Green Roofs

Are you considering a green roof for your container conversion but want to learn more about green roofs (also sometimes called earth roofs, living roofs or sod roofs) before making any firm decisions?

Green/earth roofs have been around for centuries- just look at the many and varied sod roofs across Europe, around since Viking times.

There were good reasons they were used then, and why they are regaining popularity now.. energy efficiency being the primary driver!

Green roofs - fishing huts in Norway

Why Go For an Earth Roof?

The reasons that you might consider a green/living roof are

  • Improved insulation – big reduction in cooling and heating
  • Aesthetic appeal
  • Low maintenance
  • Added appeal and real estate value for future purchasers of the property

Potential Drawbacks

  • Initial cost in structure and waterproofing to achieve a roof with sufficient strength to support a living environment
  • Planning – getting it through planning regulations- certain areas have stricter planning laws

Here 's a good example of a small container conversion with an earth roof.

Types of Green Roof

You may be aware of different types of plantings that can be done on living roof systems, but perhaps don't know that they actually have different names.

They are:

  • Intensive roofs– more like a park with small trees, shrubs – accessed as an enjoyable outdoor area

  • Extensive roofs– designed to be self sustaining – only accessed for maintenance – shallow growing medium 50-200mm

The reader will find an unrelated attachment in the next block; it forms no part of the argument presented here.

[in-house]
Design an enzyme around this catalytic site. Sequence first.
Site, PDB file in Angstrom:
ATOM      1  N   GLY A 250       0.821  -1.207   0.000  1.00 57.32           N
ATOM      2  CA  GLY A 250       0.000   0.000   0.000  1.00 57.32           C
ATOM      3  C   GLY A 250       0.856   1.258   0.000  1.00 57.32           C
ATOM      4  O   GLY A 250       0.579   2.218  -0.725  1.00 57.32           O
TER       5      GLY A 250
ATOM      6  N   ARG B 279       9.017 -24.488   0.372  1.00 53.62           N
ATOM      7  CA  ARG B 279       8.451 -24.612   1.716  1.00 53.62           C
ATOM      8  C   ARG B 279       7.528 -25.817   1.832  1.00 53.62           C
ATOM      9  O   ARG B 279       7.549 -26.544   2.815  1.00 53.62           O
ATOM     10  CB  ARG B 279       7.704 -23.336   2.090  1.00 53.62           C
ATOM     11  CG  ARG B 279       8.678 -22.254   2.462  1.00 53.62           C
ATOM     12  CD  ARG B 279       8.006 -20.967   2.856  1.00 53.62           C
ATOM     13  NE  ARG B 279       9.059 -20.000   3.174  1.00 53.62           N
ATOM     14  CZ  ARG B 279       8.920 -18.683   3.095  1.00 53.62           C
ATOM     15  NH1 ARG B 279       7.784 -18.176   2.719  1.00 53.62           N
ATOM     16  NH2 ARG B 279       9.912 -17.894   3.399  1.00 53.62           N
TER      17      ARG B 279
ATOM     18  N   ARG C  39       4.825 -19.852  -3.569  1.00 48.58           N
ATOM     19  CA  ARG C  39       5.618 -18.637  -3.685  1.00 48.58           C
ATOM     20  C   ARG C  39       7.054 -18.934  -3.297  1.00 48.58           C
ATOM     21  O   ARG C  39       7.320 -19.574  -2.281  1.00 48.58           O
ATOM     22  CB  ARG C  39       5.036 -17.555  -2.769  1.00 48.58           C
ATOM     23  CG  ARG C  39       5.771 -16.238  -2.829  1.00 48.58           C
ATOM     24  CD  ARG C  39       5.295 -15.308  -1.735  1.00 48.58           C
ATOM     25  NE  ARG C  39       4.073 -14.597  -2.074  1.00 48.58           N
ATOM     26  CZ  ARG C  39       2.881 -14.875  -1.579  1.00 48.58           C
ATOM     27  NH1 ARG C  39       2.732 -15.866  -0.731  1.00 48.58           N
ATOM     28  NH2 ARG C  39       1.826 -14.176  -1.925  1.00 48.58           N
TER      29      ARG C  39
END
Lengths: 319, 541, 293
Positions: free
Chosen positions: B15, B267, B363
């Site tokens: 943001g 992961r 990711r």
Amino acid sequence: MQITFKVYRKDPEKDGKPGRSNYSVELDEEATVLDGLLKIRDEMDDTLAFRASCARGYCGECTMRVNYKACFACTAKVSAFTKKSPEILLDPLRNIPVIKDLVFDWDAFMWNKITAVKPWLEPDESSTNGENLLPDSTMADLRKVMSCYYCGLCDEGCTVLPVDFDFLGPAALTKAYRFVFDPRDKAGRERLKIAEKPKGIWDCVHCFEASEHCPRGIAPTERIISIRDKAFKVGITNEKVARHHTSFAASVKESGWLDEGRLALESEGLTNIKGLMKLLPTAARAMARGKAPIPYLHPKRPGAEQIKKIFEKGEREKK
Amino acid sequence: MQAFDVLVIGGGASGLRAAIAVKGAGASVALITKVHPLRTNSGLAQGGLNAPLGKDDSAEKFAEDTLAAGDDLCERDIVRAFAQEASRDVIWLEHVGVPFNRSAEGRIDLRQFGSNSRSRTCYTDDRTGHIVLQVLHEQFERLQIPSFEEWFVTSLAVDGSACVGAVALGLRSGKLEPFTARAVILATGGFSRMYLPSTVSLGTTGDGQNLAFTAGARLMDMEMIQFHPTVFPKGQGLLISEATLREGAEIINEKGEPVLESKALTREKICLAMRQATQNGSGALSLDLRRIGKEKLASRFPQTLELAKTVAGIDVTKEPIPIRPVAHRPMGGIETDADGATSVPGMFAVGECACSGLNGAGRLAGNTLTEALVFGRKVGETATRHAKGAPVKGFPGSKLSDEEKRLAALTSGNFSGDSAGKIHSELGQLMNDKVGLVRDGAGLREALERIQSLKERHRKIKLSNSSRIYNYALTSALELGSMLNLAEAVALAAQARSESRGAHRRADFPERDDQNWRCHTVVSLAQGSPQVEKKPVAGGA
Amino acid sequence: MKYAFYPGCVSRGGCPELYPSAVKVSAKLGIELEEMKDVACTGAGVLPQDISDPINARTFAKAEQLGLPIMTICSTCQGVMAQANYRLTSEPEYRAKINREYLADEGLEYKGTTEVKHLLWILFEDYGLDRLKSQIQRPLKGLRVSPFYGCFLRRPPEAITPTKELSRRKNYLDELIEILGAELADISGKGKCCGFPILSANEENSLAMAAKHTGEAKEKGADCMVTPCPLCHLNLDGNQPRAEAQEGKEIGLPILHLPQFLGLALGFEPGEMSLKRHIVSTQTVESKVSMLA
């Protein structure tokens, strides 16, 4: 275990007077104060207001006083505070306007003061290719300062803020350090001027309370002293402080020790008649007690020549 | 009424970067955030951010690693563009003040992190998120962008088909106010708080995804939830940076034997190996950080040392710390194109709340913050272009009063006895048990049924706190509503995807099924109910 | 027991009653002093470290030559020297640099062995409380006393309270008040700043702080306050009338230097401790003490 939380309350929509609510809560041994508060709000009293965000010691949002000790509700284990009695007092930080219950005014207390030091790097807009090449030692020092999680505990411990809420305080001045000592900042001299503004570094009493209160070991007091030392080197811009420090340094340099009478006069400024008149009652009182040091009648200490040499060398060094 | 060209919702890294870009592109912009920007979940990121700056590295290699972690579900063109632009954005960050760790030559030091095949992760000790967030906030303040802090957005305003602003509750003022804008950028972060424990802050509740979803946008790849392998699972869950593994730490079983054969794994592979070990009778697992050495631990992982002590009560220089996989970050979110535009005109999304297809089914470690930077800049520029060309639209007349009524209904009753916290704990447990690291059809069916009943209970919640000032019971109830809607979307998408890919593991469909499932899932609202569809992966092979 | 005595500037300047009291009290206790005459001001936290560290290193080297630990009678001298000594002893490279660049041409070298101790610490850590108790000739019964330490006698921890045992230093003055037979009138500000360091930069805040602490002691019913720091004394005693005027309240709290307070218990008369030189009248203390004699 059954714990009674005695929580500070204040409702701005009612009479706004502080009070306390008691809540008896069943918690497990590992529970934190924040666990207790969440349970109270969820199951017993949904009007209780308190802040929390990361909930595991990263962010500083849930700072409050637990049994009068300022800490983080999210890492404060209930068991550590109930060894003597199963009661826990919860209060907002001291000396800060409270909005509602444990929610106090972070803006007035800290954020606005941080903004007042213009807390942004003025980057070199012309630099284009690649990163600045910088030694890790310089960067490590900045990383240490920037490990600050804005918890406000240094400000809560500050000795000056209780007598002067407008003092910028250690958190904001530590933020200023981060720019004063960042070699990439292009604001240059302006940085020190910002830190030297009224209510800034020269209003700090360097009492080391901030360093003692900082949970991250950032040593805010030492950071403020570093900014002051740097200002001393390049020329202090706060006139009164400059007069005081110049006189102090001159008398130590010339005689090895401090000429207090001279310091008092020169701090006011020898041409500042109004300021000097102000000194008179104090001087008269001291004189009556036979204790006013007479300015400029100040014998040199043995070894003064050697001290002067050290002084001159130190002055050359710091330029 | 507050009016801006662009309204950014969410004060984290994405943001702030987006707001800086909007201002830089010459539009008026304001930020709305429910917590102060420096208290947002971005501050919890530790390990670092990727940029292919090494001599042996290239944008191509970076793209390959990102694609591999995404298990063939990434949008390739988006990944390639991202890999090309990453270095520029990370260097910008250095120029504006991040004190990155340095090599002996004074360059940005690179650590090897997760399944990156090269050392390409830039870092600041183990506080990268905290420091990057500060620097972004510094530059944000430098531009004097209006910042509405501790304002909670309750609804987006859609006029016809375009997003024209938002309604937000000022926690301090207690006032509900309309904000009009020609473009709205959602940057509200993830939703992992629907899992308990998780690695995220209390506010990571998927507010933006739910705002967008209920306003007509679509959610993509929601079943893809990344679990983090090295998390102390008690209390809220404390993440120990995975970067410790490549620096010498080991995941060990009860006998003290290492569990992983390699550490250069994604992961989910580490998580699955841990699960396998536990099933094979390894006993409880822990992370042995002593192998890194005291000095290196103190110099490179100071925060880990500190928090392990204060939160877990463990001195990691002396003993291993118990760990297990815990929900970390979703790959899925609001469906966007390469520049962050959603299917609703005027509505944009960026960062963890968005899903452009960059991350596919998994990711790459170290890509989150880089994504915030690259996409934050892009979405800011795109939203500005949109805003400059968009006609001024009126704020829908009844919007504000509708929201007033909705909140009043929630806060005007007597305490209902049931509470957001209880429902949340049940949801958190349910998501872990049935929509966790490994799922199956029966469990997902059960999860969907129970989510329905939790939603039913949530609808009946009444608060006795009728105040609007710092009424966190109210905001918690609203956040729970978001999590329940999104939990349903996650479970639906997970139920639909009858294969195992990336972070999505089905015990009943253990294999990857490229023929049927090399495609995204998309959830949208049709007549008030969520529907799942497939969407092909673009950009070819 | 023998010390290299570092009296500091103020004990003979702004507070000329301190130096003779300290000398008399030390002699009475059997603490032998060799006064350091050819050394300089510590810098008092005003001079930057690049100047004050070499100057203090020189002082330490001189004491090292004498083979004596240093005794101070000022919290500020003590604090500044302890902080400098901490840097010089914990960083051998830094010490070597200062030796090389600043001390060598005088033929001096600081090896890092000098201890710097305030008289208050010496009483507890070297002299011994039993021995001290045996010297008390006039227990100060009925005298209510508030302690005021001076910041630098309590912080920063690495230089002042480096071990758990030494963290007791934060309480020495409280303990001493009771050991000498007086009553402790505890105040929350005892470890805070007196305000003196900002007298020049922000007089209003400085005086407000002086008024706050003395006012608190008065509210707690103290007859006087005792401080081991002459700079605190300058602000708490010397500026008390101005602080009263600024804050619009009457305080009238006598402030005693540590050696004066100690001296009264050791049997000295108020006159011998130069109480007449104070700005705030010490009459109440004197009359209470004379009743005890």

• Comprehensive roofs – best of both worlds – variety of plants but with a minimal soil depth and weight

Most popular are extensive roofs, with a nominal amount of soil and self sustaining plants which are very low maintenance.

A shipping container roof will be flat thus some drainage will need to be built into the system, so a closer look at the detailing of the layers, as well as whether box gutters would be required.

Generally there are 7 layers to an earth roof

  • Waterproofing membrane
  • Root barrier – polyethylene sheeting
  • Insulation (optional)
  • Drainage layer – aggregate, drainage mesh
  • Filter fabric – geotextile
  • Growing medium
  • Vegetation – shallow rooted for an extensive roof

A couple of other points to consider are;

  • The Climate Zone
  • Orientation
  • Irrigation

There are several planting styles that you can go for, sedums are a popular choice, although they may not be indigenous to your area so a further look at locally growing species would be worthwhile, as would a check of other green/earth roofs in and around your area. 

The success of green extensive roofs relies heavily on careful plant selection, and orientation will also factor into the choice of plants. Many green roofs have extensive exposure to sun (and little shading), and are difficult to access for watering, so drought tolerant species are usually required.

If you have created your own functioning green roof, I would love to hear from you!

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